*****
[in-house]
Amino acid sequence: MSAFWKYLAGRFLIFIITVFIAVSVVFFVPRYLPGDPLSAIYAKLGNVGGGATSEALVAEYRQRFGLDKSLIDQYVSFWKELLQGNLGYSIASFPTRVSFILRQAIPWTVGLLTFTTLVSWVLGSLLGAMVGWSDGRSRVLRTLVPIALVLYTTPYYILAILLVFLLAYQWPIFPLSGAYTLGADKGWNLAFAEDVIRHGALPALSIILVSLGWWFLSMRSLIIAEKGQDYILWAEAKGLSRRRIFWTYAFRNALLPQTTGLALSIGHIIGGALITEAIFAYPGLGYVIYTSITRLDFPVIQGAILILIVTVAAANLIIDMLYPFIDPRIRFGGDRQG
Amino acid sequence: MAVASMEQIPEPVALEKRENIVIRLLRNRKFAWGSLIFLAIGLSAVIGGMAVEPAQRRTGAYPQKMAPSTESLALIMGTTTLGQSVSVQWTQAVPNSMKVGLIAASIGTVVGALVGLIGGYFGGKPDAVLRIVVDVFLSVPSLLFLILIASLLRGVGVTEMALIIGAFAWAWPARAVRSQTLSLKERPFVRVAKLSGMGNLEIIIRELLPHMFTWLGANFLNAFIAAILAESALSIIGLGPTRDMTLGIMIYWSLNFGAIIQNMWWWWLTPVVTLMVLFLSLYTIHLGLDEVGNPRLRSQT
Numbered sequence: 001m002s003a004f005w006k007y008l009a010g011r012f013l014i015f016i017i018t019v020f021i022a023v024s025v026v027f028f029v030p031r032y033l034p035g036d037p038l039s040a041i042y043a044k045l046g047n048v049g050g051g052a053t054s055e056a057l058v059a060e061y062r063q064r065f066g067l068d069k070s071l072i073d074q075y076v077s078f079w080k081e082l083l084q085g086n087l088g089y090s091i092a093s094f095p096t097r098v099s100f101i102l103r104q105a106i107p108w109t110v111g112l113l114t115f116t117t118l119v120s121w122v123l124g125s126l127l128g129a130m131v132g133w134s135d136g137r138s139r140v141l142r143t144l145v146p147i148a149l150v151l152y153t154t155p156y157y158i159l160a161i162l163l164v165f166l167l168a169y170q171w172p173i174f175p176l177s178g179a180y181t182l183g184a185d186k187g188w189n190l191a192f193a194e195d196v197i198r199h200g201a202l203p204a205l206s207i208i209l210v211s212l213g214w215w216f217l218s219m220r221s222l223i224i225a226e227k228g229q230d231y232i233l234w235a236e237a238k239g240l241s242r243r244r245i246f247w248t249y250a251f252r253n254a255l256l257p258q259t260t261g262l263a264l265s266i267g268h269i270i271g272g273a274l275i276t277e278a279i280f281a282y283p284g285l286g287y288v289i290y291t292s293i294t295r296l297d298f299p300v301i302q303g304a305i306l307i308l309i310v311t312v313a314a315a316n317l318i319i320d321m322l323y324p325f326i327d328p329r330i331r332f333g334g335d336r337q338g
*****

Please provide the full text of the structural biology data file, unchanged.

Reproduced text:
[in-house]
Amino acid sequence: MSAFWKYLAGRFLIFIITVFIAVSVVFFVPRYLPGDPLSAIYAKLGNVGGGATSEALVAEYRQRFGLDKSLIDQYVSFWKELLQGNLGYSIASFPTRVSFILRQAIPWTVGLLTFTTLVSWVLGSLLGAMVGWSDGRSRVLRTLVPIALVLYTTPYYILAILLVFLLAYQWPIFPLSGAYTLGADKGWNLAFAEDVIRHGALPALSIILVSLGWWFLSMRSLIIAEKGQDYILWAEAKGLSRRRIFWTYAFRNALLPQTTGLALSIGHIIGGALITEAIFAYPGLGYVIYTSITRLDFPVIQGAILILIVTVAAANLIIDMLYPFIDPRIRFGGDRQG
Amino acid sequence: MAVASMEQIPEPVALEKRENIVIRLLRNRKFAWGSLIFLAIGLSAVIGGMAVEPAQRRTGAYPQKMAPSTESLALIMGTTTLGQSVSVQWTQAVPNSMKVGLIAASIGTVVGALVGLIGGYFGGKPDAVLRIVVDVFLSVPSLLFLILIASLLRGVGVTEMALIIGAFAWAWPARAVRSQTLSLKERPFVRVAKLSGMGNLEIIIRELLPHMFTWLGANFLNAFIAAILAESALSIIGLGPTRDMTLGIMIYWSLNFGAIIQNMWWWWLTPVVTLMVLFLSLYTIHLGLDEVGNPRLRSQT
Numbered sequence: 001m002s003a004f005w006k007y008l009a010g011r012f013l014i015f016i017i018t019v020f021i022a023v024s025v026v027f028f029v030p031r032y033l034p035g036d037p038l039s040a041i042y043a044k045l046g047n048v049g050g051g052a053t054s055e056a057l058v059a060e061y062r063q064r065f066g067l068d069k070s071l072i073d074q075y076v077s078f079w080k081e082l083l084q085g086n087l088g089y090s091i092a093s094f095p096t097r098v099s100f101i102l103r104q105a106i107p108w109t110v111g112l113l114t115f116t117t118l119v120s121w122v123l124g125s126l127l128g129a130m131v132g133w134s135d136g137r138s139r140v141l142r143t144l145v146p147i148a149l150v151l152y153t154t155p156y157y158i159l160a161i162l163l164v165f166l167l168a169y170q171w172p173i174f175p176l177s178g179a180y181t182l183g184a185d186k187g188w189n190l191a192f193a194e195d196v197i198r199h200g201a202l203p204a205l206s207i208i209l210v211s212l213g214w215w216f217l218s219m220r221s222l223i224i225a226e227k228g229q230d231y232i233l234w235a236e237a238k239g240l241s242r243r244r245i246f247w248t249y250a251f252r253n254a255l256l257p258q259t260t261g262l263a264l265s266i267g268h269i270i271g272g273a274l275i276t277e278a279i280f281a282y283p284g285l286g287y288v289i290y291t292s293i294t295r296l297d298f299p300v301i302q303g304a305i306l307i308l309i310v311t312v313a314a315a316n317l318i319i320d321m322l323y324p325f326i327d328p329r330i331r332f333g334g335d336r337q338g